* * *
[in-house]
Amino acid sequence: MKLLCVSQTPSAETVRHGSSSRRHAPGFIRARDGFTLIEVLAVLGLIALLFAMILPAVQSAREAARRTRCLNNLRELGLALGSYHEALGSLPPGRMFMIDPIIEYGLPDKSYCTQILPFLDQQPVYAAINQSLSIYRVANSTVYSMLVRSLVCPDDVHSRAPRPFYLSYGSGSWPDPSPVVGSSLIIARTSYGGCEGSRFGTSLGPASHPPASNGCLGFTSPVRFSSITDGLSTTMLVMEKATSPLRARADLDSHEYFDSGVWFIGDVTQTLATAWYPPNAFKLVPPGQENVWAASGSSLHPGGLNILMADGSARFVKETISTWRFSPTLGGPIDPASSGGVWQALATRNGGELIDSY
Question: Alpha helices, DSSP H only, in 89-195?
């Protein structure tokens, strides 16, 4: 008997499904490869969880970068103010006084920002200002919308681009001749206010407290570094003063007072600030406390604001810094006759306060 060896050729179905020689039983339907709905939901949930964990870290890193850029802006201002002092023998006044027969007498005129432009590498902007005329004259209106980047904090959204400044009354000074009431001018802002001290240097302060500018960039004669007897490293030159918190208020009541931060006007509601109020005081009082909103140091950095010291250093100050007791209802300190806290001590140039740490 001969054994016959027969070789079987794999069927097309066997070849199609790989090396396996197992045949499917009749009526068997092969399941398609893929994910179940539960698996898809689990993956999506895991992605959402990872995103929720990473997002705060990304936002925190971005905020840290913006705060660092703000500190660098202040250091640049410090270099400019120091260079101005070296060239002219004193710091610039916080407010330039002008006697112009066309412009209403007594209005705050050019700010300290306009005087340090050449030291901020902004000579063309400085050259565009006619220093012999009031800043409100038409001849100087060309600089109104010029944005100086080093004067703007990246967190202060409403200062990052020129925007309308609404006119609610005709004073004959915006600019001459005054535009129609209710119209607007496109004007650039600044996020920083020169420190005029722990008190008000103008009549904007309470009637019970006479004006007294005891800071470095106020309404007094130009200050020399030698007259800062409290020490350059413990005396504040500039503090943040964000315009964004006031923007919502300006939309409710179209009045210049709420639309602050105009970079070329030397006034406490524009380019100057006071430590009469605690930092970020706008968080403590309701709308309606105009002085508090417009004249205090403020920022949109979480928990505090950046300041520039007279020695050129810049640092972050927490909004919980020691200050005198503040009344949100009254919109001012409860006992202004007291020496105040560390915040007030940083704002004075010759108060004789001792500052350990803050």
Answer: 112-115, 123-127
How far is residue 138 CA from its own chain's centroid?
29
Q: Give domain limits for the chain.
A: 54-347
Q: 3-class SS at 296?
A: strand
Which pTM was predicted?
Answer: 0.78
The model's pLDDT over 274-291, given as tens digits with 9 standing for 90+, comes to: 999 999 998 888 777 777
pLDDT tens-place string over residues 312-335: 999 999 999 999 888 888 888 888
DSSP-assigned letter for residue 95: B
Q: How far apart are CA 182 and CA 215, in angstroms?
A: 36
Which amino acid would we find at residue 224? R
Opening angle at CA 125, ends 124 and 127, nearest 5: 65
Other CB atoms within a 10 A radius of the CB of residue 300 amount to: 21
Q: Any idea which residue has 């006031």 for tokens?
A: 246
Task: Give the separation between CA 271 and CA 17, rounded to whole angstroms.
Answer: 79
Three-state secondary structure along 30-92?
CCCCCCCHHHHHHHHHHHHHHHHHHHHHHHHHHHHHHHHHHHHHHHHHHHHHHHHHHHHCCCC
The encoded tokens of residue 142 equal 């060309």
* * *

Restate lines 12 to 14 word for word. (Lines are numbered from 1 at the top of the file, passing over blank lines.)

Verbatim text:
Which pTM was predicted?
Answer: 0.78
The model's pLDDT over 274-291, given as tens digits with 9 standing for 90+, comes to: 999 999 998 888 777 777